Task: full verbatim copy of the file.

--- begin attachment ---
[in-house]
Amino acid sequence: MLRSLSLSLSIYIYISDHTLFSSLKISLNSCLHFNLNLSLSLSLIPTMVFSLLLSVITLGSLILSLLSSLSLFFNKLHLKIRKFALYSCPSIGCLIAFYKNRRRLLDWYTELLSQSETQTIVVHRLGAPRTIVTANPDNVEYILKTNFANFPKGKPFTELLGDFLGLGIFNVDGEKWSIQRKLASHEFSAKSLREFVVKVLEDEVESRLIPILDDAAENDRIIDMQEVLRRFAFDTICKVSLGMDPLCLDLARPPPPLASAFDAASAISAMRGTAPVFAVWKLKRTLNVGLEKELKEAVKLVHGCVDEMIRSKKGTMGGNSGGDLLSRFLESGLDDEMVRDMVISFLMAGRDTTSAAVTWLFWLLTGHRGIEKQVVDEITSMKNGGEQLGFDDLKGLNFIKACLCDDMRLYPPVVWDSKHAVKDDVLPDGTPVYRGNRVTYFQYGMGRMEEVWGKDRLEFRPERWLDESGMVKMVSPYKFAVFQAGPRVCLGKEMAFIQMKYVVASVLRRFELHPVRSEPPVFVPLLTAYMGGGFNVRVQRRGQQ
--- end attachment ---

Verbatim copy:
[in-house]
Amino acid sequence: MLRSLSLSLSIYIYISDHTLFSSLKISLNSCLHFNLNLSLSLSLIPTMVFSLLLSVITLGSLILSLLSSLSLFFNKLHLKIRKFALYSCPSIGCLIAFYKNRRRLLDWYTELLSQSETQTIVVHRLGAPRTIVTANPDNVEYILKTNFANFPKGKPFTELLGDFLGLGIFNVDGEKWSIQRKLASHEFSAKSLREFVVKVLEDEVESRLIPILDDAAENDRIIDMQEVLRRFAFDTICKVSLGMDPLCLDLARPPPPLASAFDAASAISAMRGTAPVFAVWKLKRTLNVGLEKELKEAVKLVHGCVDEMIRSKKGTMGGNSGGDLLSRFLESGLDDEMVRDMVISFLMAGRDTTSAAVTWLFWLLTGHRGIEKQVVDEITSMKNGGEQLGFDDLKGLNFIKACLCDDMRLYPPVVWDSKHAVKDDVLPDGTPVYRGNRVTYFQYGMGRMEEVWGKDRLEFRPERWLDESGMVKMVSPYKFAVFQAGPRVCLGKEMAFIQMKYVVASVLRRFELHPVRSEPPVFVPLLTAYMGGGFNVRVQRRGQQ